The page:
[fusion_dropcap]A[/fusion_dropcap]s you read this, salmon are darting through the deep blue ocean off Alaska, eating everything they can catch. Some of those brilliant silver fish are packing on fat to power them 1,500 miles up the Yukon, past Eagle and well into Canada. They will not eat during the journey.
“Fat is the gasoline in their tank,” said biologist Joe Margraf. “Migrating salmon start their trip with that tank, and there’s no refueling along the way.”
Margraf and other scientists have been experimenting with a method to check the primary health indicator of migrating salmon-the fat within their bodies-without killing the fish. Margraf is a fisheries professor with the USGS Alaska Cooperative Fish and Wildlife Research Unit at the University of Alaska Fairbanks.
Salmon entering the Yukon River begin their journeys to spawning grounds with huge fat reserves. At the Yukon River’s mouth, 20 percent of a fish’s body weight might be fat.
“(Fat) is what makes salmon such an amazing food,” Margraf said. “They have this high percentage of fat, and it’s all omega-3s, the good stuff.”
Fish caught on the lower Yukon are often dripping with fat even after people preserve them by smoking. Fish upriver have lower percentages of fat, and as they make it to their spawning grounds, water replaces most of the fat within their cells. A test of spawning male chum salmon on the Delta River showed that 75 percent of their body weight was water after an 850–mile journey from the mouth of the Yukon.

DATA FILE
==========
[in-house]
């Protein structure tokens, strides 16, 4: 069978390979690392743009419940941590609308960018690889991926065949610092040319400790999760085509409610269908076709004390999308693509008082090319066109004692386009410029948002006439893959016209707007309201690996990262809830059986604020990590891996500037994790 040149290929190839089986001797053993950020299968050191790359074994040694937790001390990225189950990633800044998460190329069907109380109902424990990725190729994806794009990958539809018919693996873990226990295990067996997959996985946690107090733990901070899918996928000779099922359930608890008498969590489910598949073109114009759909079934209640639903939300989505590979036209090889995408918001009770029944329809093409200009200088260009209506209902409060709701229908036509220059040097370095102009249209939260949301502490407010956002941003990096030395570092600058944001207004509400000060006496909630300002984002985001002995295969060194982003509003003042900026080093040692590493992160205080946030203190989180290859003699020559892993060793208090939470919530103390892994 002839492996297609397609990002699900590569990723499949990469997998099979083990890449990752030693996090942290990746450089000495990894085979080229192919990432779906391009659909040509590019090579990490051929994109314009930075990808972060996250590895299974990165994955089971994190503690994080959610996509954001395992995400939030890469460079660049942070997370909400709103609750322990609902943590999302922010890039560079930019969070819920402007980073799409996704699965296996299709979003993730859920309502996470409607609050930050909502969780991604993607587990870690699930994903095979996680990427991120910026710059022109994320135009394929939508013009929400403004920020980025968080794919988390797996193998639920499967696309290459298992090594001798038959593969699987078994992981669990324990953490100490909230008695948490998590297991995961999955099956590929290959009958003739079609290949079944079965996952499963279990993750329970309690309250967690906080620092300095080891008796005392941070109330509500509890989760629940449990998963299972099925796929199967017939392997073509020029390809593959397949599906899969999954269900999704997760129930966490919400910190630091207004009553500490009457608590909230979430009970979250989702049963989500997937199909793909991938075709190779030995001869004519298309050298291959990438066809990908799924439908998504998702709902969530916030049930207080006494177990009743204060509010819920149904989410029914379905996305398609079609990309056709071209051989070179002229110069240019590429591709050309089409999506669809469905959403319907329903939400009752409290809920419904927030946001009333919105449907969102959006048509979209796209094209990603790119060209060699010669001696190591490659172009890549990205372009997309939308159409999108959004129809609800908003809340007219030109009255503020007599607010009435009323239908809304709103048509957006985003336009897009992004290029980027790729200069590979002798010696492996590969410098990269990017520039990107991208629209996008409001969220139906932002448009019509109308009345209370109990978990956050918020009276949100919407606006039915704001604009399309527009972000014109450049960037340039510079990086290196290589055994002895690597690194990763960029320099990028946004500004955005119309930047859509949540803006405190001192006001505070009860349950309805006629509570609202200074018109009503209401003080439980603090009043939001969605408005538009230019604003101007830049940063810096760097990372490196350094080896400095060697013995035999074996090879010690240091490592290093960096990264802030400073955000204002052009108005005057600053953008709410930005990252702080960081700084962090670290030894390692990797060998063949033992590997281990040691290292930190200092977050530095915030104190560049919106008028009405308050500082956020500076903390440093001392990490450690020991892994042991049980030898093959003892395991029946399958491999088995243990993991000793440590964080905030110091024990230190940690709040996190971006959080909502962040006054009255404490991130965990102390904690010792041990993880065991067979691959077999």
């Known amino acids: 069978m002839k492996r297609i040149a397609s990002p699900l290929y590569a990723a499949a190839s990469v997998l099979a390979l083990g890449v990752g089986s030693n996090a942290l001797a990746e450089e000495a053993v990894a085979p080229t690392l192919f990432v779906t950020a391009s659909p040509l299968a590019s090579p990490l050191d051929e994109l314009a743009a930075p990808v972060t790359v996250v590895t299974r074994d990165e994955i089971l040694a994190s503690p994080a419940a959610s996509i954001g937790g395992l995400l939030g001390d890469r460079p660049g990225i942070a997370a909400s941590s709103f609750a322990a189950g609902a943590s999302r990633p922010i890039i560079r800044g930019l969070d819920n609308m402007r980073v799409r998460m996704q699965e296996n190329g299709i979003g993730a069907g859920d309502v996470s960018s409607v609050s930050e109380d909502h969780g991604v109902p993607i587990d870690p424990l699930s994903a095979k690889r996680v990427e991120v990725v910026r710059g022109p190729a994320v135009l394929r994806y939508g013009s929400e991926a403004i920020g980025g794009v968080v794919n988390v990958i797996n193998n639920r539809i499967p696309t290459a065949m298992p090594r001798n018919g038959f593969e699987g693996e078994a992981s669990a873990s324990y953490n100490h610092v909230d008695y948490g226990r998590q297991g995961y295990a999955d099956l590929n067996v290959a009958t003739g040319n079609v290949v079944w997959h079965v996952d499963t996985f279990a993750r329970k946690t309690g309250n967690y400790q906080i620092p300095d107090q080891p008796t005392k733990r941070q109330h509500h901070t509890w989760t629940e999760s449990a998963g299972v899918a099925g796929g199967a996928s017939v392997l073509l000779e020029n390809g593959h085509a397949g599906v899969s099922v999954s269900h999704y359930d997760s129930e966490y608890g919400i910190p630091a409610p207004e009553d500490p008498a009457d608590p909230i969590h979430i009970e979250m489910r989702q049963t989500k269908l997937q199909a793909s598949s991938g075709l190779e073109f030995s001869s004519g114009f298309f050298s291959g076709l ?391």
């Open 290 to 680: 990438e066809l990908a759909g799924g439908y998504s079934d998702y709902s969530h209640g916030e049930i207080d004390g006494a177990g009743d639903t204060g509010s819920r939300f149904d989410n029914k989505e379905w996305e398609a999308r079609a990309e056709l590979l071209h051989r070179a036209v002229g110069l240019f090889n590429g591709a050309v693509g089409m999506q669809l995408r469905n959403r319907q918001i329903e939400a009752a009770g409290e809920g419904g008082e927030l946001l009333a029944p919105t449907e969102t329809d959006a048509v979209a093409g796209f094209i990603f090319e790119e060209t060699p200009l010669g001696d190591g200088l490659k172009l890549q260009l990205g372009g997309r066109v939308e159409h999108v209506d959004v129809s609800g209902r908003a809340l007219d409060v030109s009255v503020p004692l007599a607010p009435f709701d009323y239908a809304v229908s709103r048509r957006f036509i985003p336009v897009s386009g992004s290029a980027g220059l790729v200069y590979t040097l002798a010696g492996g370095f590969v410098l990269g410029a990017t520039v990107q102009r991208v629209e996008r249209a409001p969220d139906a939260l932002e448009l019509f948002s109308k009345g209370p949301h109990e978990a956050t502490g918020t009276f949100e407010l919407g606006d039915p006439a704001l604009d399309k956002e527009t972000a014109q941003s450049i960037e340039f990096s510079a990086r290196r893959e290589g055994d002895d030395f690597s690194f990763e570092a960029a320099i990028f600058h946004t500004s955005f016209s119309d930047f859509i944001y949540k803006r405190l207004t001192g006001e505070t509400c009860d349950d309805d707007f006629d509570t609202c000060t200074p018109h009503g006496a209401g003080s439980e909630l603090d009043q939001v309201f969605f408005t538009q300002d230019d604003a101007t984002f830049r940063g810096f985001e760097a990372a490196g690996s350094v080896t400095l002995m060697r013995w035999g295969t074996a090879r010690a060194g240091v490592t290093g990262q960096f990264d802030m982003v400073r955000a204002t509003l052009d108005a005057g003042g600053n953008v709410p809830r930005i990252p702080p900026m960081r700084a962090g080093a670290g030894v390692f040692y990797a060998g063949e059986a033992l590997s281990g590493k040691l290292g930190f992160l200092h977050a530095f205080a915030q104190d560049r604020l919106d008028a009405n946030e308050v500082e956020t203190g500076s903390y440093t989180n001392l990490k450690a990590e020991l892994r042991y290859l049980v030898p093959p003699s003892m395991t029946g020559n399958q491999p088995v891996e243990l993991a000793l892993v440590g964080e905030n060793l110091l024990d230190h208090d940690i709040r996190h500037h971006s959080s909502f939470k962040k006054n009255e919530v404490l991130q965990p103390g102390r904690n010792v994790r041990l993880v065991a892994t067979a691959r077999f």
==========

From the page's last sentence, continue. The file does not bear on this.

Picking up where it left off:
With a reliable indicator of the energy content of Yukon River salmon, biologists could see what shape the fish are in at certain points in the river, and maybe see if any environmental changes are affecting the fish, Margraf said. He and his colleagues are experimenting with a device that they hook up to a fish like tiny jumper cables. A small box then sends a harmless electric current through the fish, and the biologists get a reading of fat and water content within the fish.
They’ve tried the unit on 134 fish-chums captured at the Yukon’s mouth at Emmonak; chinooks at “the Rapids,” a fish camp upriver from the village of Tanana; and chums again on the Delta River near the town of Delta Junction. They found their results were similar to those from a conventional lab method, in which fish are “homogenized” in a blender. Lab technicians analyze the salmon slurry for fat and water content.
Though Margraf’s method needs more testing and calibrating for different species of salmon, he said it would help biologists to save fish (“It’s pretty hard to put the fish back together after you homogenize them.”) Biologists also wouldn’t have to handle the fish for more than a minute or so and they wouldn’t have to haul fish from a field site. And there’s a tie to global warming, too: Learning about the fat in Yukon River salmon might someday allow scientists to see how variables like warmer water temperature or a faster river due to melting glaciers would affect salmon.
“At what level might global change eat into a fish’s energy level to get upstream?” Margraf said. “The amount of fat they have has been tuned by hundreds of generations of fish. Anything that affects their fuel efficiency has the potential to reduce the survivability of their eggs.”
This column is provided as a public service by the Geophysical Institute, University of Alaska Fairbanks, in cooperation with the UAF research community. Ned Rozell is a science writer at the institute.